October LSAT scores are releasing and students are putting finishing touches on applications before deadlines approach. The LSAT is not the sole decision-maker for admissions committees as they also rely greatly on GPA and other qualitative areas (personal statement, recommendation letters, essays, etc.), but the LSAT score is a significant component. But, how will your LSAT score affect your opportunities for admission?
Low Scores: There is a lot to think about if you received a low score. You can study harder and take the exam again (if there is time before applications are due). This may be worthwhile if you have an amazing GPA and extraordinary qualitative factors. If you choose this option, you should remember that the scores will be averaged and you may have to perform significantly better in order to improve your odds. Otherwise, you may want to rethink attending law school. Now is a good time to duck out rather than struggling through classes or having to attend a low-tiered school when the outcome can leave you jobless and with a large debt obligation.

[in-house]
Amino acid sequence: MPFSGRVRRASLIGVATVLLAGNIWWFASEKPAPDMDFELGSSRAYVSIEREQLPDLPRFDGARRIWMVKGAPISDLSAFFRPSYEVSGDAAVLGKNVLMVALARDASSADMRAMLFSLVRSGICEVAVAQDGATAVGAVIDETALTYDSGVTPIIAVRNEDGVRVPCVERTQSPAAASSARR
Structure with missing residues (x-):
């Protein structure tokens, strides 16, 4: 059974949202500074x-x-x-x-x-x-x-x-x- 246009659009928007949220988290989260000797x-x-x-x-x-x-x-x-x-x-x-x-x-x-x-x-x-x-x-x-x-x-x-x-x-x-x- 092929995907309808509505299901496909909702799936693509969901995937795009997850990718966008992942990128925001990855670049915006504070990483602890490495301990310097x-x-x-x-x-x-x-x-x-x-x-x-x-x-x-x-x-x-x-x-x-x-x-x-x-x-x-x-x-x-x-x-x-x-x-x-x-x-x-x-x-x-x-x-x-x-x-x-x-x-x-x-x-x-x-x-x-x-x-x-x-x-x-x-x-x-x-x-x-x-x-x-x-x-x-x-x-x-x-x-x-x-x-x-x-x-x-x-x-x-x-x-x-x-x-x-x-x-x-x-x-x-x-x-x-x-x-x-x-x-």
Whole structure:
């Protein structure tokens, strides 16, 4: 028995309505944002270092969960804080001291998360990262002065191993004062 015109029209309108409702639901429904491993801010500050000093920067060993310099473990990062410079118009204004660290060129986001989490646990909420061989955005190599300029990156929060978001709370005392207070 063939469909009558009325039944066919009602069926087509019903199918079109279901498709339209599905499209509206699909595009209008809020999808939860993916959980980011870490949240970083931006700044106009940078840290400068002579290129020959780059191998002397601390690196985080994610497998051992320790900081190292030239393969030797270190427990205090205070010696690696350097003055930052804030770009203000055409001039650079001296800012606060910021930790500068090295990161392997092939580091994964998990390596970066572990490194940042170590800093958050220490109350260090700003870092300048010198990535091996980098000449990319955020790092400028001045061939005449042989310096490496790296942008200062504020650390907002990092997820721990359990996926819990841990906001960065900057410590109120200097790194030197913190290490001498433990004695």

Average Scores: If your score is an average score, choosing a school will be easier. It’s important to narrow the amount of schools you apply to because the application fees quickly add up. Take the time to pick safety schools (limit this list), target schools (where most of your applications should be sent), and hopeful schools (limit this as well). Use websites such as LSAC.org and U.S. News and World Report to help you in determining these categories. It may not be worthwhile, financially speaking, to retake the test to bump up your score. If possible, spend more time boosting your GPA and polishing your other application requirements, which are free or less expensive options to improve your odds.
High Scores: Congratulations! If you received a high score on your LSAT exam, you have already taken massive steps toward more job options and less debt down the road. Aim for the top-tiered schools, especially the ones reporting high employment rates. Also, apply for as many scholarships as you can to decrease your reliance on student loans and to limit your debt burden.